Three main cities make up the core of Metro Cebu:
- Cebu City — the main city, on Cebu Island, population in 2010 census 866,000. Has the port, provincial government, hotels, extensive shopping, lively nightlife, and much else
- Lapu-Lapu — on Mactan Island north of Cebu City, 350,000. Has the airport, some nice beaches and dive sites, and many high-end resorts.
- Mandaue — a residential and industrial town located on Cebu island between Cebu City and Lapu Lapu, 330,000.
There are two large bridges between Mandaue and Lapu-Lapu. For all road-based transport — taxis, jeepneys and buses — the three are in effect a single city.
The official administrative region of Metro Cebu, shown in red on the map, extends well beyond the three core cities. It includes various suburbs or towns for which we have separate articles:
- Consolacion (Cebu)
- Córdova — mostly on Mactan Island, south of Lapu Lapu
- Lilo-an — a seaside town north of Cebu City
- Danao City — another, further north (40 km from the city)
- Talisay — a seaside town south of the city
- Carcar — another, further south
There is a coastal highway that runs north-south through all parts of Metro Cebu that are on Cebu Island; roads branch off it to the parts on Mactan Island (Lapu-Lapu and Córdova).
- Olango Island — Easternmost part of the metro area, a short ferry ride from Lapu Lapu, but fairly rural. Has mangrove swamps, a wildlife sanctuary popular with bird watchers, a large reef area with good diving, and some mid-range resorts.
For most travellers Cebu City is the main destination.
- Arriving by sea puts you in the city; it has the country's busiest port.
- Air travellers land at Mactan-Cebu International Airport in Lapu Lapu, then most take a taxi into Cebu City.
- Anywhere in Metro Cebu, except Olango Island, is easily reached by road from anywhere on Cebu Island.
It is also possible to arrive at the airport, go directly to one of Lapu Lapu's resorts, not visit Cebu City (or only go there on a guided tour), and be almost entirely insulated from the Philippines; some package holidays (mainly for Japanese and Koreans) do exactly this.
There are taxi, jeepney and bus services anywhere in the region. Taxi can get expensive since the urban area is quite spread out; for example the run from the airport in Lapu Lapu to downtown in Cebu City is ₱250-400.
There are also vans used as small buses, mostly running between stations next to major malls in the various cities. A van ride from Ayala Mall in Cebu City to Gaetano Mall in Lapu Lapu is ₱35.
Traffic is sometimes awful, especially in Mandaue since it is between the two larger cities, there are only a few ways through and (as of March 2016) there is construction work on one of the main ones. Travel during rush hours should be avoided if possible.
Jeepneys are a cheap and convenient, though often not very comfortable, way to get around within each city. Look for signs painted on the side saying where they go. For intercity travel, the vans are generally preferable.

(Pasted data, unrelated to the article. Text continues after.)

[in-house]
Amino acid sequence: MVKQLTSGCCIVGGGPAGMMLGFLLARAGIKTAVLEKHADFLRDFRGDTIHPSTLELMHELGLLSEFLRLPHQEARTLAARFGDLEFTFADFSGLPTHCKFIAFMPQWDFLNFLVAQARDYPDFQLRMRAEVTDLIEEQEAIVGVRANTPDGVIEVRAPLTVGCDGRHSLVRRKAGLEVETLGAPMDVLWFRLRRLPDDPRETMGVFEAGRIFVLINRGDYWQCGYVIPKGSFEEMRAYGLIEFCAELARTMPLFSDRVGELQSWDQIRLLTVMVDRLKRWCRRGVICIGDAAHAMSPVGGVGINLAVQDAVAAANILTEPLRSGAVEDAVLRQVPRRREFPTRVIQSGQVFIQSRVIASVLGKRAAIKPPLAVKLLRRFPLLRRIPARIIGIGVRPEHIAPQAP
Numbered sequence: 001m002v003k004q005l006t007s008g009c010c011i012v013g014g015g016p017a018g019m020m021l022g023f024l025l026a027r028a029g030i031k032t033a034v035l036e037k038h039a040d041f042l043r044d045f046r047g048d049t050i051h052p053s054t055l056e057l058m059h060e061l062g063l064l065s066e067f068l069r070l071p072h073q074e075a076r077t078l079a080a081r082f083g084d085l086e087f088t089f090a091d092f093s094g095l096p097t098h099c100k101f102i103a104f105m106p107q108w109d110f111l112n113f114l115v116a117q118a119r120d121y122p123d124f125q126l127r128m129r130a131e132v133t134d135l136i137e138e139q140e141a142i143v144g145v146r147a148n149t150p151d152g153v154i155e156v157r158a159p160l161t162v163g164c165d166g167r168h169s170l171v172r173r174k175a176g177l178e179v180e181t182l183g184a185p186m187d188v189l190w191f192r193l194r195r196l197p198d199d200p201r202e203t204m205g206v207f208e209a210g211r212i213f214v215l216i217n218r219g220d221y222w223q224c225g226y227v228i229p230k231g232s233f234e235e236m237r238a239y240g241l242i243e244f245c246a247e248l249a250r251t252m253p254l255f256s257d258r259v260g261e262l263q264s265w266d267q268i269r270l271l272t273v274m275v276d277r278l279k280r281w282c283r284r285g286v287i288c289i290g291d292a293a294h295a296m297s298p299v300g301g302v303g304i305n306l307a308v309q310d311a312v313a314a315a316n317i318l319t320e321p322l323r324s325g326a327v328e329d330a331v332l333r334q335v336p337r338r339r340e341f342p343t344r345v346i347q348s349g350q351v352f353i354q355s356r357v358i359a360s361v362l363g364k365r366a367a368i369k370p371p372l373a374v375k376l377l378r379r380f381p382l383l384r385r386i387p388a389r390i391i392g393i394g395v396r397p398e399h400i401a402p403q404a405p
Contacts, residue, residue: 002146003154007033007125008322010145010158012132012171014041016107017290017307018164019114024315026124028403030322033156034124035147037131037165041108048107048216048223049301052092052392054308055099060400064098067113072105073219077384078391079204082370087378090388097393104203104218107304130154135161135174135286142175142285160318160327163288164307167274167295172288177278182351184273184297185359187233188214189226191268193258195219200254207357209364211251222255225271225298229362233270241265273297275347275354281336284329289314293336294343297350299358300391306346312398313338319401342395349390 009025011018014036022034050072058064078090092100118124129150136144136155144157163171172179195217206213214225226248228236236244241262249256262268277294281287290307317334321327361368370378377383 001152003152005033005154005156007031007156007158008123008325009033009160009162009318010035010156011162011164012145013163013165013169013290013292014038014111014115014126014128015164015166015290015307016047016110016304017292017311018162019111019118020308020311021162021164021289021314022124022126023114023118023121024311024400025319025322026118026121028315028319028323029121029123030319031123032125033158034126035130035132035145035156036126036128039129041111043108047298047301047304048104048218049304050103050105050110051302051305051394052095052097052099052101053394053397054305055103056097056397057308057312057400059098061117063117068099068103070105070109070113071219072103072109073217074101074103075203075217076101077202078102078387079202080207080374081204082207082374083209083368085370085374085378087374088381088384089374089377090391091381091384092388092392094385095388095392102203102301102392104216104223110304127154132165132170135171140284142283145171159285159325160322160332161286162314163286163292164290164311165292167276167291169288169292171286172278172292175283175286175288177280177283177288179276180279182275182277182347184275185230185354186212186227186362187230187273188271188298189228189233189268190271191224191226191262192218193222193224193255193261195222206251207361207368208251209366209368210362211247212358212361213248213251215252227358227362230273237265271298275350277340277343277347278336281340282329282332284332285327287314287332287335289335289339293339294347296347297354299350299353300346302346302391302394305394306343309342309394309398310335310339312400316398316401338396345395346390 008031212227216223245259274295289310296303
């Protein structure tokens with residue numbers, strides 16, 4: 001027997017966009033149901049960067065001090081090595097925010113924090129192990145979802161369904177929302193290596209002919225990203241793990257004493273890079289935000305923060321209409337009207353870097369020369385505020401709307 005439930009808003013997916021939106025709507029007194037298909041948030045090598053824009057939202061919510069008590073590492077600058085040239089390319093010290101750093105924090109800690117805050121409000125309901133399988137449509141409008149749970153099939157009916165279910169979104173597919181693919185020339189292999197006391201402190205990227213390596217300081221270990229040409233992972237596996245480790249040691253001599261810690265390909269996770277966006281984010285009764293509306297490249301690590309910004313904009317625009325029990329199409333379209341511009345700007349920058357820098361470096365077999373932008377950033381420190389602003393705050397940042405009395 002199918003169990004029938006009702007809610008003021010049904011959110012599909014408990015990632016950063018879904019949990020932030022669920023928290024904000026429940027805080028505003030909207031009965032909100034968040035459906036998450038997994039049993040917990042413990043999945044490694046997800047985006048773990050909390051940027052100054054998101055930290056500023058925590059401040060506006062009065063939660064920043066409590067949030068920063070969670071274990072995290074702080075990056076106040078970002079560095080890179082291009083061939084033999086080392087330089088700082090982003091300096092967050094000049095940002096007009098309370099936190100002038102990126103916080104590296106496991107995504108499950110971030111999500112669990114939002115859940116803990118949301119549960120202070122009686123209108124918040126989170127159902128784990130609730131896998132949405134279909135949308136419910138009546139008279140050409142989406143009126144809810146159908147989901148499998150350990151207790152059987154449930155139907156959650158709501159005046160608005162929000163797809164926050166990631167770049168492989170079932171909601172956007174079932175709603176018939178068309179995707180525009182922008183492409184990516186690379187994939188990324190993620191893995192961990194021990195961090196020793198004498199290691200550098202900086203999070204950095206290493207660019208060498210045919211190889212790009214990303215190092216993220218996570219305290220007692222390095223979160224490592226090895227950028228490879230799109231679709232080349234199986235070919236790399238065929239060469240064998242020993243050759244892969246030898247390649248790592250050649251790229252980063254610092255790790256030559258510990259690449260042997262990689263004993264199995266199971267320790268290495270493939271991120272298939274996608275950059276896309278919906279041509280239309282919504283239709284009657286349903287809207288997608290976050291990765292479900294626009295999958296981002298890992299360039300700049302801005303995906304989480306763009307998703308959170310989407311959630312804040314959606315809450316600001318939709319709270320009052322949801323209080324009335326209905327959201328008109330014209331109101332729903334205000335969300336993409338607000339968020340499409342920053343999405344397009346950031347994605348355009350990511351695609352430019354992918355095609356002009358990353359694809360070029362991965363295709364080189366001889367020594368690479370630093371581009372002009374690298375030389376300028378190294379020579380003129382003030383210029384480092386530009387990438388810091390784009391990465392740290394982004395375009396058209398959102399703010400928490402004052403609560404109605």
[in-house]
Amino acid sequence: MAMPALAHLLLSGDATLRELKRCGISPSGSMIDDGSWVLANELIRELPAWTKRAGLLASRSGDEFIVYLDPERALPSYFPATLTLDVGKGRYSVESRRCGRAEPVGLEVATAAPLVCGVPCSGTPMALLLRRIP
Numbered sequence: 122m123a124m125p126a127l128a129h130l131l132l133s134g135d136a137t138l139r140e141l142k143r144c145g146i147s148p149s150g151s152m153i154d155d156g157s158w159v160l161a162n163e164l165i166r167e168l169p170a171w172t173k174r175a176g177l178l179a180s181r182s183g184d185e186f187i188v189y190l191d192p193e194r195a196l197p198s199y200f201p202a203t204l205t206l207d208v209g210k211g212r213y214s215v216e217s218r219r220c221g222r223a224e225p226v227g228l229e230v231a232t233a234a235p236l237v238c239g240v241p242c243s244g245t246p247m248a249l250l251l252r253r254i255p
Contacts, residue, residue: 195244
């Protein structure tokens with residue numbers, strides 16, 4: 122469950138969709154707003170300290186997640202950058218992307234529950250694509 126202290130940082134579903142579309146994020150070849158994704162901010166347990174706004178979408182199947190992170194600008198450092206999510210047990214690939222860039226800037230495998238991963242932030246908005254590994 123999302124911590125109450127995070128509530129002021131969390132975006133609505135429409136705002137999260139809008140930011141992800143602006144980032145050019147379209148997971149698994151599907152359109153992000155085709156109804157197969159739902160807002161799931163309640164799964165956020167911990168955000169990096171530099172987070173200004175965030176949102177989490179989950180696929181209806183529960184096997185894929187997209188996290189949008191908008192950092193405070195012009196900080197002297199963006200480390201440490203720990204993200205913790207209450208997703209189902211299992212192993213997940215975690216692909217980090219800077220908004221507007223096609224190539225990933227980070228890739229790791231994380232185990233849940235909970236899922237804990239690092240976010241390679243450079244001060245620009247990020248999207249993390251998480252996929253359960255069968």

There are also motorcycle-plus-sidecar tricycles for hire in some areas. In the cities, they are cheaper than taxis but much less comfortable. They are less crowded than the jeepneys, and therefore better if you have luggage and with less risk of pickpockets. On Olango Island, the tricycles are the only available option.
There are also ferries within the region. One runs from the port in Cebu City to a pier in downtown Lapu-Lapu for ₱16.
See the the articles for individual cities for descriptions of most of the area's attractions. Here we mention only a few of the most important, and even for those the details are in the city articles.
Magellan's expedition in the 1520's was the first to circumnavigate the Earth, but Magellan himself did not make it all the way; he was killed in a battle on Mactan Island with the forces of a local chief named Lapu-Lapu. Today the island's main city is called Lapu-Lapu and it has a statue commemorating the warrior.
Magellan was fighting Lapu-Lapu at the request of Rajah Humabon of Cebu, who was friendly with the Spaniards and had been baptised a Christian. Two of Magellan's gifts to the Rajah are now among Cebu City's most important tourist sites. One is Magellan's Cross, the other a statue of Santo Niño (the Holy Child). Cebu's greatest church is the Basilica of Santo Niño; the statue is inside and the cross nearby. These draw pilgrims from all over the Philippines, and some from further away.
The main language of the region is Cebuano, also known as Bisaya to its speakers and Visayan in English. As anywhere in the country, English is quite widely spoken and the level varies from fairly awful to completely excellent.
Tagalog is also fairly commonly spoken since the central government promotes it as a national language and it is used in some schools, but it is not indigenous to this region. Several of the country's many minority languages — including Waray, Illongo and Hokkien Chinese — are also spoken in the area, but most speakers of those will also speak at least one of Cebuano, Tagalog or English.
In general, the region is reasonably safe and violent crime is rare but parts of Cebu City are considered risky at night.
Most consulates are in Cebu City, but there are also several in Mandaue.
Anywhere on Cebu Island is readily accessible by road; the main bus stations are in Cebu City. There are two stations, North and South; to discover which one has buses for where you want to go, see the article on your destination.
For air travel, Mactan-Cebu International Airport is in Lapu Lapu; it has flights anywhere in the Philippines and many international flights. For travel by sea, the port in Cebu City is the busiest in the country; it is the main hub for the Visayas region and has connections to many cities outside that region.